Take part in Swift Mapper

Each year, swifts fly from Africa to the UK to breed, but with numbers plummeting they desperately need your help.

In just 20 years, more than half of our swifts have vanished and we believe that the loss of nest sites in the roofs of buildings is at least partly responsible.  By using Swift Mapper, you’ll help locate breeding hotspots for swifts and protect their homes.

Go to Swift Mapper

Swifts pair for life and meet up at the same nest site in the UK each spring – usually in gaps under roof tiles and in the eaves of buildings. But as more and more old buildings are demolished or renovated, many swifts are returning to discover their nest site is gone.

Together with our partners Action for Swifts, Natural Apptitude, Swift Conservation and the Swifts Local Network we’ve developed Swift Mapper; a web-based mapping system and mobile app.

By telling us where you see nesting swifts you’ll help to build a picture of where swift nest sites need to be protected and where it would be best to provide new nest sites.

If you’re having trouble downloading the mobile app, try these tips from the  App Store or Google Play. Make sure you also read our Swift Mapper FAQs

Use online or download arrow-down-simple-blue arrow-down-simple-blue

How to get involved

We’d like to know where you’ve seen groups of screaming swifts or swift nest sites anywhere in the UK. Please follow all current government guidelines on movement and social distancing that are applicable to whichever part of the UK you are in, when using Swift Mapper.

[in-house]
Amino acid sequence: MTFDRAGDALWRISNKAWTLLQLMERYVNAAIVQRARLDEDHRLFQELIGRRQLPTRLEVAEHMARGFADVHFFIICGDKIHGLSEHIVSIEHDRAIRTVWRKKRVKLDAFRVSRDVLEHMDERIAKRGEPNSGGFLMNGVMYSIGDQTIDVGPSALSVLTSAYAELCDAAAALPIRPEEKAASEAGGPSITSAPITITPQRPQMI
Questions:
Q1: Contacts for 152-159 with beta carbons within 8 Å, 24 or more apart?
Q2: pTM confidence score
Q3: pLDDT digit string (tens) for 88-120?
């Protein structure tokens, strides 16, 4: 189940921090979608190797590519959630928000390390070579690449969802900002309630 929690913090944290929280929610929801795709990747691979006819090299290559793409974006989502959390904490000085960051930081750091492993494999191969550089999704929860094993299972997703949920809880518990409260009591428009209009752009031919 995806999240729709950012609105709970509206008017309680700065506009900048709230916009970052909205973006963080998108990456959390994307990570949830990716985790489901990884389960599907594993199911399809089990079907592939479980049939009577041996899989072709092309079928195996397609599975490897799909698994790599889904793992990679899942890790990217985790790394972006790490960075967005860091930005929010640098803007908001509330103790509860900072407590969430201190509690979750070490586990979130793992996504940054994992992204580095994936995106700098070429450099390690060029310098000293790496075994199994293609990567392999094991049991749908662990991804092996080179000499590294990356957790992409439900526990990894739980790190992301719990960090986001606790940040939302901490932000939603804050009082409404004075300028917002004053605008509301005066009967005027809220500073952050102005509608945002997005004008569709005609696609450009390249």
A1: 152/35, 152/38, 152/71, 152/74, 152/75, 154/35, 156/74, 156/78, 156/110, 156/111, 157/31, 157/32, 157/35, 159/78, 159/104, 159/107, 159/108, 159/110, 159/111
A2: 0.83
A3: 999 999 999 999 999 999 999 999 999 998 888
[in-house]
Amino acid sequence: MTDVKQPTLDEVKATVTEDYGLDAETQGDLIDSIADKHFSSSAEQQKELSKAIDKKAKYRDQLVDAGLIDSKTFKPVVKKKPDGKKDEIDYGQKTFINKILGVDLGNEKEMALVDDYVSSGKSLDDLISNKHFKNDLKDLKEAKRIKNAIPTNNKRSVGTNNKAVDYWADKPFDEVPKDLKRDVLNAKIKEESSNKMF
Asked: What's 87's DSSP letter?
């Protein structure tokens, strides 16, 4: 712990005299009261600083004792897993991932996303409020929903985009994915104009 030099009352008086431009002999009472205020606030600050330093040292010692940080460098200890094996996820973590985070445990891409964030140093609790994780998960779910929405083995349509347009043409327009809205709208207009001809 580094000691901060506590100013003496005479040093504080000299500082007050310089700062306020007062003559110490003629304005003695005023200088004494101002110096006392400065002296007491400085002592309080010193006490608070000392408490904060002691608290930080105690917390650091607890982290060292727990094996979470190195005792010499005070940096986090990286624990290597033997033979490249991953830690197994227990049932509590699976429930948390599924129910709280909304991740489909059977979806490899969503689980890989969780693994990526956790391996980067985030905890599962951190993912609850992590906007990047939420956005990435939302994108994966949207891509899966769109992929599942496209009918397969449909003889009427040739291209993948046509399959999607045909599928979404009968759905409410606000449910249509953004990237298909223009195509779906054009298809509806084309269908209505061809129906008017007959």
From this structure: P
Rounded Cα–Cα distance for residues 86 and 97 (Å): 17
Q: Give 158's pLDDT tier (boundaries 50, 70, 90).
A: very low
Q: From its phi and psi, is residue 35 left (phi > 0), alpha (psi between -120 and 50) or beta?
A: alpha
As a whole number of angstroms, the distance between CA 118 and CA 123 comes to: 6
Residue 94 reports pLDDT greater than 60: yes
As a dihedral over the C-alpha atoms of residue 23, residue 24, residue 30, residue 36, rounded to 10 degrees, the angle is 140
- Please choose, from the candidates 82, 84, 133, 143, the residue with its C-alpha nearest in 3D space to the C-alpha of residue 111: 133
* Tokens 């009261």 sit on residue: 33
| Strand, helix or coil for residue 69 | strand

If you’ve sent in records before, thank you. Please tell us what’s happening again this year – even if swifts are absent from nest sites they used previously – as it’s important to know if breeding colonies are stable. 

What to look for
Watch out for groups of swifts flying fast at roof height, often screaming loudly – this means they’re breeding nearby. Swifts nest in holes, so we’d also like to know if you see swifts entering holes in buildings. 

Please don’t report swifts flying high in the sky, feeding over water or fields, or away from settlements on Swift Mapper. These birds could have travelled long distances and may not be local breeding birds. Please use BirdTrack instead, if you would like to record these sightings.

Give swifts a home

Follow our simple step-by-step instructions for making a swift nest box and you can provide a safe and much-needed place for these wonderful birds to set up home.


Swifts over rooftops

Spot the difference

At first glance swifts, swallows and martins look very similar, but with the help of our handy ID guide you’ll be able to tell the difference in no time.